One of the rooms in the exhibit, with a large-scale photograph of the sea covering a wall, and jeans and shirts strewn on the floor, reminds museum-goers of the stream of recent refugee drownings. The clothing installation, by artist Kader Attia, is titled “La Mer Morte” (The Dead Sea) and is reminiscent of the Italian island of Lampedusa, where Pope Francis in 2013 called attention to tragedies faced by those seeking refuge from conflicts in Africa to Europe.
Audio of waves and video of the sea nearby make it hard to escape the reality of the risks that refugees have confronted: Die drowning while trying to reach safety or die in a different way at home.
The exhibit takes up three floors of the Phillips, which is filled with portraits of refugees who arrived from Europe to Ellis Island in the early 1900s, photos of modern-day refugees from places such as Eritrea, Iraq and Syria who set up a refugee camp torn down in Calais, France, in 2016, audio in various languages in which immigrants speak of their experiences as well as the indignities they or their children suffer in their adoptive countries.
A black and white photograph of a building with a large sign that says “I am an American” showed what one American family of Japanese descent had to do the day after Pearl Harbor was attacked Dec. 7, 1941. Even after its prompt display of loyalty to the U.S., the family was sent to what was called a War Relocation Authority center, or an internment camp where some Japanese Americans were forced to live during World War II.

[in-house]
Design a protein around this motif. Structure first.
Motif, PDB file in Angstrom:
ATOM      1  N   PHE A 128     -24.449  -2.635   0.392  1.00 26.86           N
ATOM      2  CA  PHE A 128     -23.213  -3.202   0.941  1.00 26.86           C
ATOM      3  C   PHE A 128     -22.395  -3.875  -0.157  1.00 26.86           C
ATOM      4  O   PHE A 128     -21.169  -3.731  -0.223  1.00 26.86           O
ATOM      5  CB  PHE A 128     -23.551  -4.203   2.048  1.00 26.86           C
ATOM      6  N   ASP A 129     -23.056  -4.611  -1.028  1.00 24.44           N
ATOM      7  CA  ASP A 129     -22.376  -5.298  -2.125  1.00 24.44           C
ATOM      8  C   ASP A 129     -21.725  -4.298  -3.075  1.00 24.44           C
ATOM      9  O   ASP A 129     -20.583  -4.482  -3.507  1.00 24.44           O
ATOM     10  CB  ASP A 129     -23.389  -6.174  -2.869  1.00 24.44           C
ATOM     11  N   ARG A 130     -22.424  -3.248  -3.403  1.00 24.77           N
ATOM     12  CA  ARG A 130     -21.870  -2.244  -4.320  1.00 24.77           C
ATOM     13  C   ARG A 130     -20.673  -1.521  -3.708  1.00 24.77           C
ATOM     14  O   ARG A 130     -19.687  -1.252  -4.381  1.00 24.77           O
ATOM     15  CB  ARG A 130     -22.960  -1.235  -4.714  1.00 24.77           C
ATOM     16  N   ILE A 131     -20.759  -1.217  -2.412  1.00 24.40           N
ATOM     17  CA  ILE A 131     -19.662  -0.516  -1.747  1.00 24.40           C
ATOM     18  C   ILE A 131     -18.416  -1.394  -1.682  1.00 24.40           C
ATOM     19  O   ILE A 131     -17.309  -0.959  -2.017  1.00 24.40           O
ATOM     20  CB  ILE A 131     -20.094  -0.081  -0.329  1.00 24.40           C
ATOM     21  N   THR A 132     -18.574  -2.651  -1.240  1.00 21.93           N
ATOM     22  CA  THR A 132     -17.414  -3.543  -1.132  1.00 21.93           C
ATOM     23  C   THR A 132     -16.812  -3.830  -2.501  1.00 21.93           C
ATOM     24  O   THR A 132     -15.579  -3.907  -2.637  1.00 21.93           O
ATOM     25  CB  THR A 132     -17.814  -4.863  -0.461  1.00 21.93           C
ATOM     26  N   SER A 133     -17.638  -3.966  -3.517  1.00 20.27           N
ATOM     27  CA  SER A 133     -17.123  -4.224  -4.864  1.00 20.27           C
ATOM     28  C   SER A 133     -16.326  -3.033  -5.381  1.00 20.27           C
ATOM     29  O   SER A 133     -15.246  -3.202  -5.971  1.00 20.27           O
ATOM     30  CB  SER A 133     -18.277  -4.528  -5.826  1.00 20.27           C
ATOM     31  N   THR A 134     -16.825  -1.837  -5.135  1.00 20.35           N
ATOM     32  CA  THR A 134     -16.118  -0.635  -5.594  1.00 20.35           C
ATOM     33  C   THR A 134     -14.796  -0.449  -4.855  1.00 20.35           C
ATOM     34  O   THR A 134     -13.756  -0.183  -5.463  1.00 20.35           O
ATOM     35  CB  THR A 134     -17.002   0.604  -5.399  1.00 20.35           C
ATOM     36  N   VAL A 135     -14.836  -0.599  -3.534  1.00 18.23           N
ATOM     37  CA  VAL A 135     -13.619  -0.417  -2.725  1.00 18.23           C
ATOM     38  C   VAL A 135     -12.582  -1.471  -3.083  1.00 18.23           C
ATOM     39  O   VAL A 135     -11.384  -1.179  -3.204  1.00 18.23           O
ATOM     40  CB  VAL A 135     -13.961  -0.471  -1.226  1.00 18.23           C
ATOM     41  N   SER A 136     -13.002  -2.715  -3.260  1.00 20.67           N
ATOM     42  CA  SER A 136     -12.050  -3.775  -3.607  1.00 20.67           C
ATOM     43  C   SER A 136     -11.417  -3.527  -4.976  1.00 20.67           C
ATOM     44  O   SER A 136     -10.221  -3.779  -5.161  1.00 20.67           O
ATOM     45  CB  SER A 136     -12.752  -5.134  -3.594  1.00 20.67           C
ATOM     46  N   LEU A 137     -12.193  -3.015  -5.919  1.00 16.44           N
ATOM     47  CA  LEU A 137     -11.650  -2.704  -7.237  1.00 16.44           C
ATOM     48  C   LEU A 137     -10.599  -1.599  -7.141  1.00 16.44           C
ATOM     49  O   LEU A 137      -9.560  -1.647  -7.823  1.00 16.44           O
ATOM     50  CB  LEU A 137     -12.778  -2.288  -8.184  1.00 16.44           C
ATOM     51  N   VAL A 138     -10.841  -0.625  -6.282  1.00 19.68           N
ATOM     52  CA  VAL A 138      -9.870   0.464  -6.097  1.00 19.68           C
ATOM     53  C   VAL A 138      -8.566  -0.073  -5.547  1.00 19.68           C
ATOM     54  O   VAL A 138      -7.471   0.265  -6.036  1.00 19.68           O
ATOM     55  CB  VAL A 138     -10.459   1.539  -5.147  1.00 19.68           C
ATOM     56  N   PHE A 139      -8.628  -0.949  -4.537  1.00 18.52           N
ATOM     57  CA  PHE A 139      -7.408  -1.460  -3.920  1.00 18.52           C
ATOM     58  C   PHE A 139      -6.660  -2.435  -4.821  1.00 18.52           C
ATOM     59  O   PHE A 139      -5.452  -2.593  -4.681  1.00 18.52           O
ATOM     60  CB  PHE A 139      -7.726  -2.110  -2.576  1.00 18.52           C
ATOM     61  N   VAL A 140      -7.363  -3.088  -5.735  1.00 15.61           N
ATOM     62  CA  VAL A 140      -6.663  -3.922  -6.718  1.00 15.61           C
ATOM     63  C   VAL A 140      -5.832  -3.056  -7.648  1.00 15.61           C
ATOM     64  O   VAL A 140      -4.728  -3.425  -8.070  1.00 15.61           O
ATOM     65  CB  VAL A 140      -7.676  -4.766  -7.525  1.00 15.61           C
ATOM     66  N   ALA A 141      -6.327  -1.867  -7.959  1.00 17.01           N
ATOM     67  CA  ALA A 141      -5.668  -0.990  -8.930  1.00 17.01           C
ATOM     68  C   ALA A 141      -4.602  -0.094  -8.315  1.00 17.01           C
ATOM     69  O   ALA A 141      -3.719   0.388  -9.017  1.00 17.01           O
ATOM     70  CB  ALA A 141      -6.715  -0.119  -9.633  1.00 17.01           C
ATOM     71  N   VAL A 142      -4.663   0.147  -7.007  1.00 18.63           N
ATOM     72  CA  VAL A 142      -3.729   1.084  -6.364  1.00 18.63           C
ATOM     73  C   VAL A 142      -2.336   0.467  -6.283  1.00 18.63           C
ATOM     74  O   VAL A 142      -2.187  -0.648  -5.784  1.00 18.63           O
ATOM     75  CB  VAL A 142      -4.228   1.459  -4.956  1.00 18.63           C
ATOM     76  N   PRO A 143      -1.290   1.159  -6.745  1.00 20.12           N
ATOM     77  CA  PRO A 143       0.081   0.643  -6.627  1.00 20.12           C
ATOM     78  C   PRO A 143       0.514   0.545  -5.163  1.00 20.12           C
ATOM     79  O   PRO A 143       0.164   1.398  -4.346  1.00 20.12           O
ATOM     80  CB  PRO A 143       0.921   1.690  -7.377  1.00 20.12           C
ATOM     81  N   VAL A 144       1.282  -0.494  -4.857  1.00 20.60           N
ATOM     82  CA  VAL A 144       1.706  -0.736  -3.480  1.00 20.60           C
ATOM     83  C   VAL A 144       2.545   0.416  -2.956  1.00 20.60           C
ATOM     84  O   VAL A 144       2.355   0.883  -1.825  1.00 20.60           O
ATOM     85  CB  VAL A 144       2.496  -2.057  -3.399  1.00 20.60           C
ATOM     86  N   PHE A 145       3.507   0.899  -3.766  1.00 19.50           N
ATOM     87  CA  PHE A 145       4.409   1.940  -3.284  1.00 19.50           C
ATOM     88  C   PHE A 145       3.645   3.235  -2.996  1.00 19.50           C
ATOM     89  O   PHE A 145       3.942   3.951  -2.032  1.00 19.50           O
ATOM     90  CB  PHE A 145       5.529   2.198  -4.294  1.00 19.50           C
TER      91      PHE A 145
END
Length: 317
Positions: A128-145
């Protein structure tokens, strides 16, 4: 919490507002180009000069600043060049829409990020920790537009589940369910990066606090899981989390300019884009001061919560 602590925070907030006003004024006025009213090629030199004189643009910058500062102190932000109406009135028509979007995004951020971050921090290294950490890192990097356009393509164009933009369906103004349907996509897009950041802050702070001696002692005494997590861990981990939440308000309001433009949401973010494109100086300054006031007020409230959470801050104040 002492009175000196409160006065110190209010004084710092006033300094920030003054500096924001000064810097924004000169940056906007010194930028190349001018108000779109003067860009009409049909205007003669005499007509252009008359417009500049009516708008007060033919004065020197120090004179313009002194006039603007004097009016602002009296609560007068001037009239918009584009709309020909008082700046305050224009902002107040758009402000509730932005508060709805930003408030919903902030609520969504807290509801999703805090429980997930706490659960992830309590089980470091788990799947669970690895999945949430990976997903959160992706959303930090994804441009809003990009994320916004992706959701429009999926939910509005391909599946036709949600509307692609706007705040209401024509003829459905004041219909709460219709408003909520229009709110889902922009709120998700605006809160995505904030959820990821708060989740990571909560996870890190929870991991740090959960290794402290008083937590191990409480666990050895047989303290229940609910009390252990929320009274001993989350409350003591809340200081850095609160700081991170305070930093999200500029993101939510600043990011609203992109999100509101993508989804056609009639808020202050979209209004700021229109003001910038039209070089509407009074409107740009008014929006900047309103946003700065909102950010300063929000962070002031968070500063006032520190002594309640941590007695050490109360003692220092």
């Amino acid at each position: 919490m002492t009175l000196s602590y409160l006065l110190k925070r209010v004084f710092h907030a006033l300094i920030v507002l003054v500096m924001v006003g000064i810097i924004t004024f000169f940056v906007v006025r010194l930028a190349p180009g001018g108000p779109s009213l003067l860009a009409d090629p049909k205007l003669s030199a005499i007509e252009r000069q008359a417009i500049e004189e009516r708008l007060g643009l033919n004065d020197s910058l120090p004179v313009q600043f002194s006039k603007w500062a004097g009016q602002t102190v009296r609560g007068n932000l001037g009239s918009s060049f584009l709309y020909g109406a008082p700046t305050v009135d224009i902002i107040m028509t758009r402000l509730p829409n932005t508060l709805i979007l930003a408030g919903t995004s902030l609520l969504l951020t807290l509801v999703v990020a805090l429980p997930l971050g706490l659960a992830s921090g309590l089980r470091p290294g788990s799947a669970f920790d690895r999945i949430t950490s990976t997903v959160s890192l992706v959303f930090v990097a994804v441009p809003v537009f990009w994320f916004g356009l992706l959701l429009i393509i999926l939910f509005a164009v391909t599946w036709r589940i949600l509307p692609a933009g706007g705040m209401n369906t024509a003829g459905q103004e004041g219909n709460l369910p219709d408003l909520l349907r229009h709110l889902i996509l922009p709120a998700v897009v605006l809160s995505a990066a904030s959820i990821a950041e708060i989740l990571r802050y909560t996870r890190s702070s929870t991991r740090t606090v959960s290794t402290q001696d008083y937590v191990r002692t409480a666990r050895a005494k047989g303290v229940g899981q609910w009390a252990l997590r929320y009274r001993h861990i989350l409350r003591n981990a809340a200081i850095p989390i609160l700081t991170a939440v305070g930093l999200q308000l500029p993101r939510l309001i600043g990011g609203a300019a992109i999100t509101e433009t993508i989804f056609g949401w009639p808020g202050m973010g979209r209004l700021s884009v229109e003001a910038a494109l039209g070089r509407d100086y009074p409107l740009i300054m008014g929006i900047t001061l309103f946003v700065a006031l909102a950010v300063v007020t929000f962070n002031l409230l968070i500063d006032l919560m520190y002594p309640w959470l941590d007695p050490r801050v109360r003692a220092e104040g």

Though some of the items have a documentary quality, other art offers political commentary, such as the work of Siah Armajani, a Minnesotan artist, in a piece labeled with the ironic title “Seven Rooms of Hospitality.” It features plastic 3-D printed models of “uncertain spaces occupied by refugees, deportees, and exiles.” They include a cage, a shack and a model of a truck with the name of a company called Hyza on the side and the words describing its contents: “60 men, eight women, and three children, all dead.”